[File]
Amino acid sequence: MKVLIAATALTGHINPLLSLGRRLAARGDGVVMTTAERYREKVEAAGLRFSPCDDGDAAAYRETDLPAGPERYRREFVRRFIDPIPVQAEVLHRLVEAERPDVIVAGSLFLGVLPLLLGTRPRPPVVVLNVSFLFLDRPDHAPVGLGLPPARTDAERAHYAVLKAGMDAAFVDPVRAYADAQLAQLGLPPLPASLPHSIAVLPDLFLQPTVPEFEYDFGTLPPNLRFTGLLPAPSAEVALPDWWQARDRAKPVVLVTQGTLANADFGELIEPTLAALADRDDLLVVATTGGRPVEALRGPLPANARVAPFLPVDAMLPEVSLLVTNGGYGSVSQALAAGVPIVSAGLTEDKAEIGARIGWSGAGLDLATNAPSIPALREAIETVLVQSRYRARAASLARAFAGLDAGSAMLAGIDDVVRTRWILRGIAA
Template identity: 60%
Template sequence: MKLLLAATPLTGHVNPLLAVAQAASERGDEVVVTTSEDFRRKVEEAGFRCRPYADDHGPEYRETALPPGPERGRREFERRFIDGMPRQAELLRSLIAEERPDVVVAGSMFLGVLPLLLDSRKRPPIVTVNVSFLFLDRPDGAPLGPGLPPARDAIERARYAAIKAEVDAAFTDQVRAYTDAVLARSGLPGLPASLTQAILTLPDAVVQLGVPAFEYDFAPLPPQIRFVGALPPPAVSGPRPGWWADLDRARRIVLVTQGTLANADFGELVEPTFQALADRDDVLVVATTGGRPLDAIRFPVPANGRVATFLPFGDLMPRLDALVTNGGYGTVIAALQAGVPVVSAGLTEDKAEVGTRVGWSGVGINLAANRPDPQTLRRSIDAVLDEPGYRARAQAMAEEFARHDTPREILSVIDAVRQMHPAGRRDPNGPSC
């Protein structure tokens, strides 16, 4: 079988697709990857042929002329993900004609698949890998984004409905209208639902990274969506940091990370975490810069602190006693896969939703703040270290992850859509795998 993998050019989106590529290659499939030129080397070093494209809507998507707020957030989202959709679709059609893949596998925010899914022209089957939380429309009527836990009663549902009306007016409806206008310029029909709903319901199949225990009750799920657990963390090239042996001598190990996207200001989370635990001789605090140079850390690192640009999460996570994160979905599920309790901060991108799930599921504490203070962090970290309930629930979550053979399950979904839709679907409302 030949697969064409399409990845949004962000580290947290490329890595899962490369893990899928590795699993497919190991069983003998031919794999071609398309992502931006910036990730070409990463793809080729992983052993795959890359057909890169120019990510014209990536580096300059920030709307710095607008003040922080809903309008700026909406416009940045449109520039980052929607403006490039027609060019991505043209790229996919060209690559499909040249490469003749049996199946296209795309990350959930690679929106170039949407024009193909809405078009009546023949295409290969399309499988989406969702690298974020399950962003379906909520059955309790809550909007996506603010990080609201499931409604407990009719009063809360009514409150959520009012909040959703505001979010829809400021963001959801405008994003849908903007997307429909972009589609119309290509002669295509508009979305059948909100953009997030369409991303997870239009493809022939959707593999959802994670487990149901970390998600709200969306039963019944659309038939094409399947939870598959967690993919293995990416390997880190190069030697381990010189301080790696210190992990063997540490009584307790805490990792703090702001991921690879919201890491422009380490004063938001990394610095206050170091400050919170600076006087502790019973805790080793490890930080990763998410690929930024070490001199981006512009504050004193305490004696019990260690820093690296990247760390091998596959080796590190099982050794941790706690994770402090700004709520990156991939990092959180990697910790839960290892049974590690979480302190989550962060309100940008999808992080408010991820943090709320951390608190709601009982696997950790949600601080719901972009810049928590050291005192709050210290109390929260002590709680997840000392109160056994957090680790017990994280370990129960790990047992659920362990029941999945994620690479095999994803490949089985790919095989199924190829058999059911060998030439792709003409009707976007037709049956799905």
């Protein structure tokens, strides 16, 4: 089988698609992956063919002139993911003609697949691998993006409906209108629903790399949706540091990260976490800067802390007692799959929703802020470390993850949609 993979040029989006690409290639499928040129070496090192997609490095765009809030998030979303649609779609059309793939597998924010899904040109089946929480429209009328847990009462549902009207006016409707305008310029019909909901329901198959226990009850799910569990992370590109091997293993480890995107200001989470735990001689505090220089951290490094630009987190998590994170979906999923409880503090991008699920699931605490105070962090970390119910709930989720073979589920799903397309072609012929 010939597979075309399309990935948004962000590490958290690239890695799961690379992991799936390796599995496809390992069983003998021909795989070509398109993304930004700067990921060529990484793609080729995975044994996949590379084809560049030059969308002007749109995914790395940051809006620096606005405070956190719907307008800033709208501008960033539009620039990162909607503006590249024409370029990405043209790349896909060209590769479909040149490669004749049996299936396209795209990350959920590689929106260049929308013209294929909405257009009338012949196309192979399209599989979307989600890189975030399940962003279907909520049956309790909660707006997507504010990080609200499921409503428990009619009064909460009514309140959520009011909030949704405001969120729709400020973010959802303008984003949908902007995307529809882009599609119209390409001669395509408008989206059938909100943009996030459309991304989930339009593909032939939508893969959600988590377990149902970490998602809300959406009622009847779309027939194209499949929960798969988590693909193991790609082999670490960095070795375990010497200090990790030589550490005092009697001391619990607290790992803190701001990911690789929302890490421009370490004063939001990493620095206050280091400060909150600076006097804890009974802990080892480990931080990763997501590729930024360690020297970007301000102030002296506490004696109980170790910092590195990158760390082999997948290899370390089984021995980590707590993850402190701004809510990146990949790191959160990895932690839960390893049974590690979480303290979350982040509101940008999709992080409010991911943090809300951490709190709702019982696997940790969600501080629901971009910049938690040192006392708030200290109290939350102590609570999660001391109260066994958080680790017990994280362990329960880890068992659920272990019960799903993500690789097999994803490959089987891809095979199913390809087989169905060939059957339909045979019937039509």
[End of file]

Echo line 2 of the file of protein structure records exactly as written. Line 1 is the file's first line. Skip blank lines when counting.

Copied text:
Template identity: 60%